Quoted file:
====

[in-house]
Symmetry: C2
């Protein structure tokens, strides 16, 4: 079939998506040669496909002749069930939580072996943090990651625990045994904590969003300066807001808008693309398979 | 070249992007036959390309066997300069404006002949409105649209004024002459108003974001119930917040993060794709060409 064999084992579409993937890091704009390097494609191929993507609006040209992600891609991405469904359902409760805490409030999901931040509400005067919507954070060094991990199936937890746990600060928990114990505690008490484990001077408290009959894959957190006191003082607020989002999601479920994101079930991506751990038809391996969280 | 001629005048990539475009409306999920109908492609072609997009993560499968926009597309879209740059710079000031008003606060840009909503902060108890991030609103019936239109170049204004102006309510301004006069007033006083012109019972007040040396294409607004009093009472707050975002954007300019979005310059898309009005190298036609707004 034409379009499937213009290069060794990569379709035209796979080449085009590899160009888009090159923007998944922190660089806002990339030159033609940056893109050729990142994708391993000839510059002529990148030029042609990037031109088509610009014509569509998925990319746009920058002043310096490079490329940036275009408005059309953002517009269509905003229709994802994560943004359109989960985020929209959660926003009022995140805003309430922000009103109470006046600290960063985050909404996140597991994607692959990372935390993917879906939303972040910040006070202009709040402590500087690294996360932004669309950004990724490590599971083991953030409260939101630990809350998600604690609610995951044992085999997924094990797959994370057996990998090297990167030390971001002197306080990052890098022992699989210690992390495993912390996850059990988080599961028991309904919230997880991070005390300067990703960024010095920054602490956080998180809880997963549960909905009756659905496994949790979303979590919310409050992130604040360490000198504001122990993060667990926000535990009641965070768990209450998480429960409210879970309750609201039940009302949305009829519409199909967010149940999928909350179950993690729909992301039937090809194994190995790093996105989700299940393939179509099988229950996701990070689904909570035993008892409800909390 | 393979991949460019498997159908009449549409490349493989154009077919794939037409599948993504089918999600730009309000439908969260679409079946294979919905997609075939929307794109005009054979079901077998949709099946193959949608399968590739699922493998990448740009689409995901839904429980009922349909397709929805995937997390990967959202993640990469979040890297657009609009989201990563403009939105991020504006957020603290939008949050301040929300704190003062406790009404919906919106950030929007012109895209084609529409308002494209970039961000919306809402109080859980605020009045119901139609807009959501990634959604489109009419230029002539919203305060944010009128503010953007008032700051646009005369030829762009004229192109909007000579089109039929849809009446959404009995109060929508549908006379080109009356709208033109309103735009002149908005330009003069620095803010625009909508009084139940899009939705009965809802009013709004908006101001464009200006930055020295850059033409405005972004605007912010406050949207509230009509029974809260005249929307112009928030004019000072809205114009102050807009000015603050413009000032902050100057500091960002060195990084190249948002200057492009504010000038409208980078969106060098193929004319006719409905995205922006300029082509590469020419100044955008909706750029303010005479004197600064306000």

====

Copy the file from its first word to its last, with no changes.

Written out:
[in-house]
Symmetry: C2
């Protein structure tokens, strides 16, 4: 079939998506040669496909002749069930939580072996943090990651625990045994904590969003300066807001808008693309398979 | 070249992007036959390309066997300069404006002949409105649209004024002459108003974001119930917040993060794709060409 064999084992579409993937890091704009390097494609191929993507609006040209992600891609991405469904359902409760805490409030999901931040509400005067919507954070060094991990199936937890746990600060928990114990505690008490484990001077408290009959894959957190006191003082607020989002999601479920994101079930991506751990038809391996969280 | 001629005048990539475009409306999920109908492609072609997009993560499968926009597309879209740059710079000031008003606060840009909503902060108890991030609103019936239109170049204004102006309510301004006069007033006083012109019972007040040396294409607004009093009472707050975002954007300019979005310059898309009005190298036609707004 034409379009499937213009290069060794990569379709035209796979080449085009590899160009888009090159923007998944922190660089806002990339030159033609940056893109050729990142994708391993000839510059002529990148030029042609990037031109088509610009014509569509998925990319746009920058002043310096490079490329940036275009408005059309953002517009269509905003229709994802994560943004359109989960985020929209959660926003009022995140805003309430922000009103109470006046600290960063985050909404996140597991994607692959990372935390993917879906939303972040910040006070202009709040402590500087690294996360932004669309950004990724490590599971083991953030409260939101630990809350998600604690609610995951044992085999997924094990797959994370057996990998090297990167030390971001002197306080990052890098022992699989210690992390495993912390996850059990988080599961028991309904919230997880991070005390300067990703960024010095920054602490956080998180809880997963549960909905009756659905496994949790979303979590919310409050992130604040360490000198504001122990993060667990926000535990009641965070768990209450998480429960409210879970309750609201039940009302949305009829519409199909967010149940999928909350179950993690729909992301039937090809194994190995790093996105989700299940393939179509099988229950996701990070689904909570035993008892409800909390 | 393979991949460019498997159908009449549409490349493989154009077919794939037409599948993504089918999600730009309000439908969260679409079946294979919905997609075939929307794109005009054979079901077998949709099946193959949608399968590739699922493998990448740009689409995901839904429980009922349909397709929805995937997390990967959202993640990469979040890297657009609009989201990563403009939105991020504006957020603290939008949050301040929300704190003062406790009404919906919106950030929007012109895209084609529409308002494209970039961000919306809402109080859980605020009045119901139609807009959501990634959604489109009419230029002539919203305060944010009128503010953007008032700051646009005369030829762009004229192109909007000579089109039929849809009446959404009995109060929508549908006379080109009356709208033109309103735009002149908005330009003069620095803010625009909508009084139940899009939705009965809802009013709004908006101001464009200006930055020295850059033409405005972004605007912010406050949207509230009509029974809260005249929307112009928030004019000072809205114009102050807009000015603050413009000032902050100057500091960002060195990084190249948002200057492009504010000038409208980078969106060098193929004319006719409905995205922006300029082509590469020419100044955008909706750029303010005479004197600064306000």